Tuesday the 18th of October saw Bournemouth born bass player Bob Brunning depart this world after more than forty years as a musician. Bob had two real passions, playing blues and teaching, both brought him considerable enjoyment.
Whilst best known as being a stalwart of the De Luxe Blues Band and The Brunning Sunflower Blues Band, he was also an integral part of Savoy Brown and the original bass player for Fleetwood Mac, whilst John McVie made his mind up as to whether he was going to take the role and subsequently did.
Bob, has had a remarkable career alongside that of teaching. Many a visiting US bluesman has included Brunning in their UK touring band, whilst Brunning himself has run both labels and blues clubs as well as a regular blues festival. In many ways he was one of the unsung greats of UK blues putting in loads of effort in a supporting role, allowing others to take the limelight. Many that know him would describe him as a gentleman of the scene, ensuring that things that should happen did.
Bob Brunning leaves a wife, three children and a number of grandchildren. Our thoughts are with his family and friends.
On a happier note Railroad Bill are in the process of celebrating twenty five years as a band. Railroad Bill play raw, fast, gutsy skiffle music on the simplest of instruments - washboard, tea chest bass, guitar and mandolin. With an act that has been honed on the streets and on the stages of the UK and abroad, they have been described as 'Lonnie Donegan on Speed' - and we're not talking dustmen here - the material is rooted in American Blues - songs of Gambling, Trains, Drinking and Prison - A sort of Sea Sick Steve meets the Ramones...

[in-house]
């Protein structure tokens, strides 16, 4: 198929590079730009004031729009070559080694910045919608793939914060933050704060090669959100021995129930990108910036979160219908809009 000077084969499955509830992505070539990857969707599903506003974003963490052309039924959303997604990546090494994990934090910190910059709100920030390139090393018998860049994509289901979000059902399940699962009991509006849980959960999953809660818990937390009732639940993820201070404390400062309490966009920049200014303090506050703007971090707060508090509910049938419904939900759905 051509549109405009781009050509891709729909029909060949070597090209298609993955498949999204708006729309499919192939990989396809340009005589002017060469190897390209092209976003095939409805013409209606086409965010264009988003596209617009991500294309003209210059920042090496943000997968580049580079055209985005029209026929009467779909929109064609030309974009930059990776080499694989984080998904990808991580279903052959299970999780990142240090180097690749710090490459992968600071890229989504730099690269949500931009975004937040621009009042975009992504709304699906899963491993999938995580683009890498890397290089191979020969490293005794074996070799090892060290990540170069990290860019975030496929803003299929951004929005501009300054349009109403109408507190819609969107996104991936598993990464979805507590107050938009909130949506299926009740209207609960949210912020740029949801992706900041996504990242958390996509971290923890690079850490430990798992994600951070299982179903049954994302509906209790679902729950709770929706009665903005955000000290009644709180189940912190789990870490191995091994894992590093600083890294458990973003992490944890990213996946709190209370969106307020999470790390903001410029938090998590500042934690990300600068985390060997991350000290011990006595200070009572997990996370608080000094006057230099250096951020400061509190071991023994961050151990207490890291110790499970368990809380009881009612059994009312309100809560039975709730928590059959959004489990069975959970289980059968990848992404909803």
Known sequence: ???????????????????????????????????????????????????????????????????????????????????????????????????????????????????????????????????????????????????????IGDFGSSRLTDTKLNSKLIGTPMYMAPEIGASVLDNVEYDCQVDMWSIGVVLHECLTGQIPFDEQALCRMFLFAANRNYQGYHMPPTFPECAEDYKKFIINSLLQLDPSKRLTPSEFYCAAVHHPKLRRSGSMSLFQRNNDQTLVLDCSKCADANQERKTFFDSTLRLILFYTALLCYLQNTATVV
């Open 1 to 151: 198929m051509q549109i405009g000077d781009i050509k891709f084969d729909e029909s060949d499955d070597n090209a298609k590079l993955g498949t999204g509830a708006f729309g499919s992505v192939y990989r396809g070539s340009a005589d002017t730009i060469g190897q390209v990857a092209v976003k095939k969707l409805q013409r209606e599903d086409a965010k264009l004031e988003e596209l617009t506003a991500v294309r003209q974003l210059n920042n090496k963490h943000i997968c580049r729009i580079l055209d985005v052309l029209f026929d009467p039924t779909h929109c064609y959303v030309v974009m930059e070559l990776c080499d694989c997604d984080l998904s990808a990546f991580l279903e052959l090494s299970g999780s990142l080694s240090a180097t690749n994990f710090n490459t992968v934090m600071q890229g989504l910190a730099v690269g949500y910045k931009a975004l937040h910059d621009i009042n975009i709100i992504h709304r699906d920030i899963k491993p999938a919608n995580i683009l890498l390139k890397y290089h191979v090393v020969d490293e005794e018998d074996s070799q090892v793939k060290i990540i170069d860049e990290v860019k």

Railroad Bill have played venues of all sizes across Europe, from Street Festivals to Main Stages, and their high energy antics are equally loved by young and old alike. My first encounter with the band was at Cambridge Folk Festival where they taught me the now infamous recipe for Frazzle lasagne the band have also appeared on the Fatea Showcase Sessions with their track "Old Trains"
Also celebrating twenty five years are Scottish label, Greentrax, who are celebrating with the releases of a double album of twenty five tracks, which we'll be reviewing elsewhere on the site.
It really speaks volumes for the label that I was shocked to discover they were only twenty five years old, such is the influence of their label on Scottish music. I'd always assumed that they had been going a lot longer than they have.
One of the things I've always admired about Greentrax is that they are always at the boundaries of what is going on in their traditional music, making sure it thrives as a living tradition and not become a museum piece. A number of Fatea Award winners, including the Paul McKenna Band, Rua MacMillan and Ewan Robertson have all released on Greentrax.
As with Railroad Bill, we raise a glass to twenty five years gone and good times still to come.
Finally we'd like to draw your attention to the Raise Your Banners Festival, one of the best festivals celebrating the art of the political song writing. More details here, in the meantime please enjoy this video from one of Britain's best political singer/songwriters, Robb Johnson, one of the festival headliners.
News & Snippets 8
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